What happened?

It's a fine way to kick off a new fiscal year. Now in the opening days of its fiscal 2017, Hewlett-Packard Enterprise (NYSE:HPE) has declared the first dividend raise in its short history. The company's new quarterly payout will be just under $0.07 per share, which is $0.01 -- or 18% -- higher than its predecessor.

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Just over one year ago, Hewlett-Packard Enterprise was hived off from the company now known as HP (NYSE:HPQ).

Hewlett-Packard Enterprise's freshly raised dividend will be paid "on or about" Jan. 4, 2017, to stockholders of record as of Dec. 14, 2016. At the most recent closing share price, it would yield 1.1%. By comparison, the current average yield of dividend-paying stocks on the S&P 500 is slightly below 2.1%.

Does it matter?

An extra penny on the dividend, resulting in a yield barely exceeding 1%, isn't going to move the needle on Hewlett-Packard Enterprise stock (particularly considering the company's sibling, HP, pays out at a 3.2% clip).

But I don't think the point of the raise was to juice the share price. Rather, the goal seems to be to reinforce CEO Meg Whitman's oft-stated ambition to keep returning money to shareholders. After all, in addition to handing out a dividend, the company also runs a big stock repurchase program. All told, it returned around $1.5 billion to shareholders in its Q3.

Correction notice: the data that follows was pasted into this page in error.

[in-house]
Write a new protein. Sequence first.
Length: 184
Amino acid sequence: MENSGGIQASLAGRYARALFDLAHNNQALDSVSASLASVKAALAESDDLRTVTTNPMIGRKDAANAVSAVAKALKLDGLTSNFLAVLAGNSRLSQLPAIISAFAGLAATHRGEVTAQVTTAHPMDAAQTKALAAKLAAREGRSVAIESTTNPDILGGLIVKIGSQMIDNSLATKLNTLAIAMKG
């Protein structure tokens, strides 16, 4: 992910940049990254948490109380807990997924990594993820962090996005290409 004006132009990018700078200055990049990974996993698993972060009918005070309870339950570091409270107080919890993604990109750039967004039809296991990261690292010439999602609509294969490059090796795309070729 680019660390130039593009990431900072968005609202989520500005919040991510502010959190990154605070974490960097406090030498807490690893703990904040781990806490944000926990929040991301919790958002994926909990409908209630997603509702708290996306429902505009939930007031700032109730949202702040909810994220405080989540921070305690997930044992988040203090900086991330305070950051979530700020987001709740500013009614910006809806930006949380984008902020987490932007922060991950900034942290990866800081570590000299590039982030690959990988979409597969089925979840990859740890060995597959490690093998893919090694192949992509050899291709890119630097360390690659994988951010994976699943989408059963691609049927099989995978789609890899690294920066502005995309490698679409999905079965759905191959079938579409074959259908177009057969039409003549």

Investors are concerned that Hewlett-Packard Enterprise's top line is eroding (it declined by 6% on a year-over-year basis in Q3). But revenue growth isn't the point -- Whitman aims to slim down the company, to the point where it's a lean, flexible business that is better able to react to its ever-changing market. A pair of spinoffs slated to take place soon is a big move in that direction.

Meanwhile, Hewlett-Packard Enterprise is comfortably in the black on the bottom line, and it's good at generating the green stuff -- its adjusted cash flow from operations rose an encouraging 10% on a year-over-year basis in Q3. So no, this inaugural dividend raise won't mean a bull rush toward its stock, but it's a good sign of confidence in how the company's doing.

This article represents the opinion of the writer, who may disagree with the “official” recommendation position of a Motley Fool premium advisory service. We’re motley! Questioning an investing thesis -- even one of our own -- helps us all think critically about investing and make decisions that help us become smarter, happier, and richer.